United Kingdom Prom 52 – Prokofiev, Dutilleux: Leonidas Kavakos (violin), London Symphony Orchestra, Valery Gergiev. Royal Albert Hall, 23. 8.2011 (CG)
Prokofiev: Symphony no 1 in D (“Classical”) Op 25 (1916)
Henri Dutilleux: L’Arbre des Songes (1985)
Henri Dutilleux: Slava’s Fanfare (1977)
Prokofiev: Symphony no 5 in Bb Op 100 (1944)
The two composers featured tonight are two of Gergiev’s favourites; he has performed and recorded Prokofiev’s works extensively, and has been making a welcome feature of performing Dutilleux’s music too. In all the works on tonight’s schedule, therefore, the LSO and its chief conductor should be well rehearsed.
It was a little disappointing to find Gergiev with his head in the score for Prokofiev’s “Classical” symphony, then, and even more disappointing to find the first movement being taken rather clumsily, and certainly well on the slow side of allegro. The ensemble playing was noticeably a little imprecise – not surprising because Gergiev seems to think it okay to shake his fingers in the air rather than provide the splendid LSO with a firm beat in music which demands the utmost precision. Things fared a little better in the second movement which was not without charm, but sank into ponderousness again with the third. The breakneck speed of the final movement could perhaps have been breathlessly exciting had Gergiev given the orchestra a really firm beat, and the LSO certainly deserve praise for keeping the tempo going at such a lick, but once again there was a lot of disconcerting shaking of fingers and not much direction, and finally I felt it was far too rushed to be anything but rather thrown-away. The performance was not without some strong points; there were some individually delightful contributions from the woodwind, and one sensed that there was a superb performance just around the corner. How frustrating!
Dutilleux fared much better, as one might expect with the outstanding violinist, Leonadas Kavakos, on stage for L’Arbre des Songes. Although dressed in a designer suit and now with copious amounts of jet-black hair, he is naturally modest and plays with astonishing musicality – his tone in this work was not massive, but absolutely convincing in its sense of line, phrase and sure intonation. This has long been a favourite work of mine, with its exotic orchestral colours breathing everything French, and the LSO rose to the occasion with superbly judged interplay between soloist and orchestra, and a particularly outstanding contribution from Christine Pendrill in the notoriously difficult oboe d’amore solos. How the piece constantly unfolds its tree of dreams with a continual development of melodic phrases, always surprising yet somehow logical, is a source of wonder. Moreover, the orchestration of this piece, an integral part of the composition of course, is absolutely gorgeous; sensuously beautiful, but frequently acidic – rather like a superb Sancerre or Montrachet with twists of lemon from the cimbalom and delicately tinkling percussion. A delightful surprise was the crystal clarity with which everything sounded in the often chaotic acoustic of the Albert Hall. Fabulous music, superbly performed.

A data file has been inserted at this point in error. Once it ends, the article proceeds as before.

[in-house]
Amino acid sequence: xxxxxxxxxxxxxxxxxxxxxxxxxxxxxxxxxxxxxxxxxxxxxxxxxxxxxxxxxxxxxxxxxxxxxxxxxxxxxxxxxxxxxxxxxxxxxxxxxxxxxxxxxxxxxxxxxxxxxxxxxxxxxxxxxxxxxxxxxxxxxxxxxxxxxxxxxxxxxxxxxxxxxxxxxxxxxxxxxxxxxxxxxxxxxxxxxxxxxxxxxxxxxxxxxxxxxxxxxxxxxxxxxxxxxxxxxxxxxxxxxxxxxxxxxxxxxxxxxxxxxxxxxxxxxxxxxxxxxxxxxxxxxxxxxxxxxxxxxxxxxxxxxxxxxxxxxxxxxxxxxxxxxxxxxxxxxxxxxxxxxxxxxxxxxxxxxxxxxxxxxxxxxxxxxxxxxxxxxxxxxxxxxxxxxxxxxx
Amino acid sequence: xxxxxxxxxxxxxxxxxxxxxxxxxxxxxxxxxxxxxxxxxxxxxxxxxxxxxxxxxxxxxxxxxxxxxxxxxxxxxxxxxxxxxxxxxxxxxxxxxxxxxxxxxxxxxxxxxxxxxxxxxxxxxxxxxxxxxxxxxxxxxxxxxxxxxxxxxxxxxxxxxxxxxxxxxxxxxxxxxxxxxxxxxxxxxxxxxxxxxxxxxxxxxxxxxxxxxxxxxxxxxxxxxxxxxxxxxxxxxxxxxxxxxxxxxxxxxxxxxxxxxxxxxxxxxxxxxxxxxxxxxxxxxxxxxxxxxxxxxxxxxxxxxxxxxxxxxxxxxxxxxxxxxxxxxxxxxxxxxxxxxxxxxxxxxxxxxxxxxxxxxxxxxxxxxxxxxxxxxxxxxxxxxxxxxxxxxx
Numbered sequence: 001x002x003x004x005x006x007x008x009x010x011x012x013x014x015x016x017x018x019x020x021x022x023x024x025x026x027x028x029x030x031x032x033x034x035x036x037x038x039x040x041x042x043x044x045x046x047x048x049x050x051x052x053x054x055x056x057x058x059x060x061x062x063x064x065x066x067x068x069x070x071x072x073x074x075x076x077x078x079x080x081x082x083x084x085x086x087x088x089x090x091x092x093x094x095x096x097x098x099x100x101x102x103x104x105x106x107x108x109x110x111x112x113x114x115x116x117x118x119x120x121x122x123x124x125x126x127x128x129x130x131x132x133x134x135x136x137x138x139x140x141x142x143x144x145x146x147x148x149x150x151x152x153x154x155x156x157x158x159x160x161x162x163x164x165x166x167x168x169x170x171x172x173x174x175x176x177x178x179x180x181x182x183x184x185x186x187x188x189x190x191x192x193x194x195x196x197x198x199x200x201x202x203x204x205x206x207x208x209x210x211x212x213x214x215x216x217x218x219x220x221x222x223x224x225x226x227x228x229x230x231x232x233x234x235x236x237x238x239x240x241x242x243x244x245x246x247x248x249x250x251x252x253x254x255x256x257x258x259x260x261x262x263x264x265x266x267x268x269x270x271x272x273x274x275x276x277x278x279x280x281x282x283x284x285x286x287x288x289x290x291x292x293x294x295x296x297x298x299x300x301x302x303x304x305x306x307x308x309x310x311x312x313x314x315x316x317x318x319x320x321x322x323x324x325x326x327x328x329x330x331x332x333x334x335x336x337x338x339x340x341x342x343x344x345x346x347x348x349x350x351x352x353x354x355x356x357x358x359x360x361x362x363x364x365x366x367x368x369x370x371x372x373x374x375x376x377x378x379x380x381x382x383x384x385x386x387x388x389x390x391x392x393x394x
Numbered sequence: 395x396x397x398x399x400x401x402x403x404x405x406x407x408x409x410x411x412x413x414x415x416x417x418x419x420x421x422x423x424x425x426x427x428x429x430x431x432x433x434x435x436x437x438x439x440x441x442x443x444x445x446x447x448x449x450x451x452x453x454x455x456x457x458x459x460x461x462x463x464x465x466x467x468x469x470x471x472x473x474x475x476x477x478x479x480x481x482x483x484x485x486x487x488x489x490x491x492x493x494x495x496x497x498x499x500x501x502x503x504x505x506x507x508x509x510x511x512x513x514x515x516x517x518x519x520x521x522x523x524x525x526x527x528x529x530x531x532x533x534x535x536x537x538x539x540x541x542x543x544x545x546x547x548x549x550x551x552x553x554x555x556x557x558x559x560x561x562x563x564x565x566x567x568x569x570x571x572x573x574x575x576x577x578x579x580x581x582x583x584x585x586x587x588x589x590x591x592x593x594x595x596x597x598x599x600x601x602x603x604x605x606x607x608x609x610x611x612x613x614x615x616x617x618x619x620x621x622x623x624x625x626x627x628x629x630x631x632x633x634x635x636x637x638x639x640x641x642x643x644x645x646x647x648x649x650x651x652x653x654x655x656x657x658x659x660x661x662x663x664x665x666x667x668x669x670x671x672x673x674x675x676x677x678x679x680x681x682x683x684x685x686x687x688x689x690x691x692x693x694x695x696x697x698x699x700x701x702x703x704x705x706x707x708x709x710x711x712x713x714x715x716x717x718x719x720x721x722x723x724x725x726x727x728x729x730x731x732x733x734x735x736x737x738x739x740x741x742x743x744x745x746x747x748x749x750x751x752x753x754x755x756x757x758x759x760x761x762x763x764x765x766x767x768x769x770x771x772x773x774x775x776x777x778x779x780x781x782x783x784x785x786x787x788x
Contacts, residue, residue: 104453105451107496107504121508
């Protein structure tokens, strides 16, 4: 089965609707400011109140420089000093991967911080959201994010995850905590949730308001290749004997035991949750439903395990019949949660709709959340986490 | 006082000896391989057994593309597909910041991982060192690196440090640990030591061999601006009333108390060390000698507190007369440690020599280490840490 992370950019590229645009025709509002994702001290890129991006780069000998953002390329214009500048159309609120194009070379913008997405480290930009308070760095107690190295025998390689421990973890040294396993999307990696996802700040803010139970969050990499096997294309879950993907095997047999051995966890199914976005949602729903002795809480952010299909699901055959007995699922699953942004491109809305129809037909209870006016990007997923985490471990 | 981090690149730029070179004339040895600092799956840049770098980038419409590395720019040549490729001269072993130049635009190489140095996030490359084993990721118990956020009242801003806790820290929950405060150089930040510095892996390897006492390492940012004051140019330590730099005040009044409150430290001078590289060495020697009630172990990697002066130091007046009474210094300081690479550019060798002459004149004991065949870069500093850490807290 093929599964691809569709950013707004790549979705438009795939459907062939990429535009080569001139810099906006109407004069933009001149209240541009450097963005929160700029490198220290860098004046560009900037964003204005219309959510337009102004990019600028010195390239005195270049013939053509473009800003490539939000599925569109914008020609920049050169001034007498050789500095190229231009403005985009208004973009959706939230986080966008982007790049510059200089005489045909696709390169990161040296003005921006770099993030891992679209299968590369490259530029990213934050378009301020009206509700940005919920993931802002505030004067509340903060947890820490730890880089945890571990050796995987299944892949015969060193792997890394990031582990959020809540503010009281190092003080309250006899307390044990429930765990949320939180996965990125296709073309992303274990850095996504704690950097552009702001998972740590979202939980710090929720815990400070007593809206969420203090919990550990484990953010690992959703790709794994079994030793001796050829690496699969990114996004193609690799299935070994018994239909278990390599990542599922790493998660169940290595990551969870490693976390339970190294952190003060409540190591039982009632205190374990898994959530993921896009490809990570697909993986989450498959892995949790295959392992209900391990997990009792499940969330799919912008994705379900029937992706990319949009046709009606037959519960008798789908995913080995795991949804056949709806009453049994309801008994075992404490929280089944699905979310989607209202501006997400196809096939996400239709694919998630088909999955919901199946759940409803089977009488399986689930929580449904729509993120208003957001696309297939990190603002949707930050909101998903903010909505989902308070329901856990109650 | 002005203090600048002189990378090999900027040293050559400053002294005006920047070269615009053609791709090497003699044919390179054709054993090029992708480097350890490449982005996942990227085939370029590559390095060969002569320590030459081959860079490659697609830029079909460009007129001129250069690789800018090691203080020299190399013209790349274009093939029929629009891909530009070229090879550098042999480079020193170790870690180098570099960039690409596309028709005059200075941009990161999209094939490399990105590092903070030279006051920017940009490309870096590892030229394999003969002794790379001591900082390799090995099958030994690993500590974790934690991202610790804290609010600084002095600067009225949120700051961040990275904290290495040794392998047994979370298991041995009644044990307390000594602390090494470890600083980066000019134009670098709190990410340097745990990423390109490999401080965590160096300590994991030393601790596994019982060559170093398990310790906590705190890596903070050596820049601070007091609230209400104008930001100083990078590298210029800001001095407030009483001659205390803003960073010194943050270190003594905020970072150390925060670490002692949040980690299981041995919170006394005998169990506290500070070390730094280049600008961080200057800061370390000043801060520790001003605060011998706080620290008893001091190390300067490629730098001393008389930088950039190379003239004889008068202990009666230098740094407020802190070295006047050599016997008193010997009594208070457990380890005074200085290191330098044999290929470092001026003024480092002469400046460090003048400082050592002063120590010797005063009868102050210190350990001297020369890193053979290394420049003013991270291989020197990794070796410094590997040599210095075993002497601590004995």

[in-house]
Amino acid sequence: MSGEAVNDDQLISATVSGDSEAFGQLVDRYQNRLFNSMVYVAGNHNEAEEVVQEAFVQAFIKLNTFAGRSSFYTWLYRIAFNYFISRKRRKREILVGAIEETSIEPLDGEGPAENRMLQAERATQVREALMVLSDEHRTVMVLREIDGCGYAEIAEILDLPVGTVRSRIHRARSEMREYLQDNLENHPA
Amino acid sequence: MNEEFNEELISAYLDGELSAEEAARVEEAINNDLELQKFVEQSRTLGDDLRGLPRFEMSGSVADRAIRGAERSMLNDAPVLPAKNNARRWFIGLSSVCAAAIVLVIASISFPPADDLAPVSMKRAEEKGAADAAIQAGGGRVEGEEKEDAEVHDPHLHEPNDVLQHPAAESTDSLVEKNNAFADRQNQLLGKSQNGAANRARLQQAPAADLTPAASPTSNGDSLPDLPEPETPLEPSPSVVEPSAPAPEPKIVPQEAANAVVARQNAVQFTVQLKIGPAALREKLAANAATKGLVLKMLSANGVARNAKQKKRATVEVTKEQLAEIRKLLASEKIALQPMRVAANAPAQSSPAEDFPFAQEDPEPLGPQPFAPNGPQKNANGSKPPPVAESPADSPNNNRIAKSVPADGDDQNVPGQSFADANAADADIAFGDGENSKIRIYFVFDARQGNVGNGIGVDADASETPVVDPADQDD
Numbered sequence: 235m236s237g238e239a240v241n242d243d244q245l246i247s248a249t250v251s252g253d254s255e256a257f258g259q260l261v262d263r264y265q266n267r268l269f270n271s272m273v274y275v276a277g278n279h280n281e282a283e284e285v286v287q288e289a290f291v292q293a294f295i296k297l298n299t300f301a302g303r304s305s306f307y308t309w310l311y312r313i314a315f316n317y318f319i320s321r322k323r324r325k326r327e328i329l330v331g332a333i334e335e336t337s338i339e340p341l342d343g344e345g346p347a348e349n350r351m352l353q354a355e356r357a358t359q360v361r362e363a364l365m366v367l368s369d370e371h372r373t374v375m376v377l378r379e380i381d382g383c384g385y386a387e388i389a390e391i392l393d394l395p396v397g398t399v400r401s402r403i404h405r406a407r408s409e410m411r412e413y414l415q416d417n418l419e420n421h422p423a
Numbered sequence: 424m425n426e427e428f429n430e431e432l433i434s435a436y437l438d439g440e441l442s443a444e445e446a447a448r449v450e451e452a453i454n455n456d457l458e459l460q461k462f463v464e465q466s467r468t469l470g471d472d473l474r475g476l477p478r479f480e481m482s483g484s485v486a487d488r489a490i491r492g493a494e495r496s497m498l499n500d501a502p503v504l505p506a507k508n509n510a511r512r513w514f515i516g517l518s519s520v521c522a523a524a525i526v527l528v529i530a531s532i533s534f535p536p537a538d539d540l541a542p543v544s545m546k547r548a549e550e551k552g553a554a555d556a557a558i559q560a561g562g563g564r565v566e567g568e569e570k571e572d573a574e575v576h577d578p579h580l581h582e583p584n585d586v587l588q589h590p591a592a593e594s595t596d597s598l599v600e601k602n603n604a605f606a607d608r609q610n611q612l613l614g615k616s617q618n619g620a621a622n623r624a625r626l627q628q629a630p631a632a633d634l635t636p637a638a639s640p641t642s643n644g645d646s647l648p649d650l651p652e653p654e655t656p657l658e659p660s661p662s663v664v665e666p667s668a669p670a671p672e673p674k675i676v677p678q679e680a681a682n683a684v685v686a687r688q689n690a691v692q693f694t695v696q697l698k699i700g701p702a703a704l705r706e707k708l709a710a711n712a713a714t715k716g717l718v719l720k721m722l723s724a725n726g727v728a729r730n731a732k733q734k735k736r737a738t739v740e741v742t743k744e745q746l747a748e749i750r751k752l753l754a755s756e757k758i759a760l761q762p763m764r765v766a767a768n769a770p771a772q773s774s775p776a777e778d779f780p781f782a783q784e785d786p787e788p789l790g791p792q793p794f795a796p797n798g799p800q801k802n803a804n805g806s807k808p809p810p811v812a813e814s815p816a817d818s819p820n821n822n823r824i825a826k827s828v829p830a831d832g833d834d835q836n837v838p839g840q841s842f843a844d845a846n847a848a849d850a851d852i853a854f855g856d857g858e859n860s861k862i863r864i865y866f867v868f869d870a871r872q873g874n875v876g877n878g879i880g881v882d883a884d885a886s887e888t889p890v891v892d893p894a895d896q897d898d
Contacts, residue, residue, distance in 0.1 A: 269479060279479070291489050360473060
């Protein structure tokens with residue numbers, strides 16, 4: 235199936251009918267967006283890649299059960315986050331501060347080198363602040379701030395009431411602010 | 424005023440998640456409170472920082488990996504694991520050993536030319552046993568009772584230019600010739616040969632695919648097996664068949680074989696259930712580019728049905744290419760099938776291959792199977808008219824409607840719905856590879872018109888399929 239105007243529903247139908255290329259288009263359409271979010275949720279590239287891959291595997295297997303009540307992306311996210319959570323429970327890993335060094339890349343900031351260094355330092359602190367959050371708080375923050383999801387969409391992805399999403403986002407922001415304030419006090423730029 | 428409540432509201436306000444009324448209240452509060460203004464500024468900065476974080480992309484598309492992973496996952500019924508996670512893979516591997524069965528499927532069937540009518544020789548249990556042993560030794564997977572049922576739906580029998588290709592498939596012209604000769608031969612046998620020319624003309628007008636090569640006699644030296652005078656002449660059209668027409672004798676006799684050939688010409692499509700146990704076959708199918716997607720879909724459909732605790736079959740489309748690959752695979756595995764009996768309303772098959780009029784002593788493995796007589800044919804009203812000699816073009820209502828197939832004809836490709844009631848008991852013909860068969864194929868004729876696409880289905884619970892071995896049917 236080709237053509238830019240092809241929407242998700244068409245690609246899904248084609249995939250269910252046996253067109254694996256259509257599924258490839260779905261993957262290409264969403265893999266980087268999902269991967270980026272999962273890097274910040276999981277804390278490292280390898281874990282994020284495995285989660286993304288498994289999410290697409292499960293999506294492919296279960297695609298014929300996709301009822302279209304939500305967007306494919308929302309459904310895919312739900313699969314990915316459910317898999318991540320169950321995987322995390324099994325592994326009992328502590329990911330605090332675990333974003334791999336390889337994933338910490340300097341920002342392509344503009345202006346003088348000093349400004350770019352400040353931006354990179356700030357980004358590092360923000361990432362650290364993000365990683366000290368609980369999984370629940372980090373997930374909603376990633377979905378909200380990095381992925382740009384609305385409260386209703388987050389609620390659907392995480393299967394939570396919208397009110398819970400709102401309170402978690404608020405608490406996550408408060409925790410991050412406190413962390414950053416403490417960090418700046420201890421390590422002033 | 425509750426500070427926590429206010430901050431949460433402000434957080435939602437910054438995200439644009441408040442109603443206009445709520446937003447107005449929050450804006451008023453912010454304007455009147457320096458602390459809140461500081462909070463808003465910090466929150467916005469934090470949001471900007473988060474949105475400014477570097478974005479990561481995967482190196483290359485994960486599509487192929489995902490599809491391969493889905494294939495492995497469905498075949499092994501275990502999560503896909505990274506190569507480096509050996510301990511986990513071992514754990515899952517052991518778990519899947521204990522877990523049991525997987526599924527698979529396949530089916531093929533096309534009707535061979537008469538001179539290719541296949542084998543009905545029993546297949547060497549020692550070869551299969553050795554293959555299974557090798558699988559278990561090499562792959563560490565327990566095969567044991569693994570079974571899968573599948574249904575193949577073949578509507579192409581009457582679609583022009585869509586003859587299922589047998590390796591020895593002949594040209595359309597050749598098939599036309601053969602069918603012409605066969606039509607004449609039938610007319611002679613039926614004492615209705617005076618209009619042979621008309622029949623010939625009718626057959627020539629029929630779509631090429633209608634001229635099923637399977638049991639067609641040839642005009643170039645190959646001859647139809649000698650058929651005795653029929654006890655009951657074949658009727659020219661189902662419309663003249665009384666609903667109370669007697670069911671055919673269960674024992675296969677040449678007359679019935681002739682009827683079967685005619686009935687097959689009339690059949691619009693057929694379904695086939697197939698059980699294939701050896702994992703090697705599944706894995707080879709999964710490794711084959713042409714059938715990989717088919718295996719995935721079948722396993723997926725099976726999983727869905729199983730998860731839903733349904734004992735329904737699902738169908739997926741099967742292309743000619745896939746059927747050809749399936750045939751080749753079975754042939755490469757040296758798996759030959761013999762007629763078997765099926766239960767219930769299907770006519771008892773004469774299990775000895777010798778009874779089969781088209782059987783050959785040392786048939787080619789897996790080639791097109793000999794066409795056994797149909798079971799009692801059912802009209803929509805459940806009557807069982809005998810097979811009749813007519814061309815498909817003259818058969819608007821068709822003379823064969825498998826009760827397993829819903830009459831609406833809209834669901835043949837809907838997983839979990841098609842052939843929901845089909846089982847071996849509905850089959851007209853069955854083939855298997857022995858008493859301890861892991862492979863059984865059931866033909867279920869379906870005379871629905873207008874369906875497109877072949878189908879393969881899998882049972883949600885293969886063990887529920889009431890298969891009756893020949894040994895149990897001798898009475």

The rarely performed Slava’s Fanfare, composed for the 70th birthday of Mstislav Rostropovich, proved to have many of Dutilleux’s hallmarks – perhaps a fanfare that only Dutilleux could write. A lot of interplay between the trumpets and trombones precedes a brief reference to Dvorak’s Cello Concerto – and then suddenly it’s all over. An interesting four-minute novelty, brief and very much to the point.
The Fifth Symphony of Prokofiev, a big undertaking for any orchestra or conductor, was described by Prokofiev as “a hymn to free and happy Man, to his mighty powers, his pure and noble spirit.” He added that it clamoured for expression – “it filled my soul.” Composed towards the end of the Second World War, in a safe place provided by the State, it is the composer’s reaction to world events; nevertheless, it is also tight in its construction, and is by turns darkly dramatic, nostalgically emotional, and ironically witty.
It is no mean feat to judge the tempi and character of the various trains of thought effectively; this performance certainly had impressive moments of suitably dark drama and there was much to admire in the LSO’s characteristically incisive performance generally. But here again, Gergiev’s waffly rather than sure direction provided too many opportunities for the orchestra to break ranks. The horns came adrift near the beginning, and there were other brief moments of uncertainty. This would not happen in other hands and although one cannot question Gergiev’s seriousness of purpose and magnetic presence, question marks concerning the basic essential function of a conductor continue to trouble this reviewer very deeply. Why stand there shaking and waving your fingers when the orchestra desperately needs a proper BEAT?! Gergiev has become simply one of the most irritating conductors to watch and how an orchestra follows him remains a mystery to me. It’s extraordinary, considering his starry status.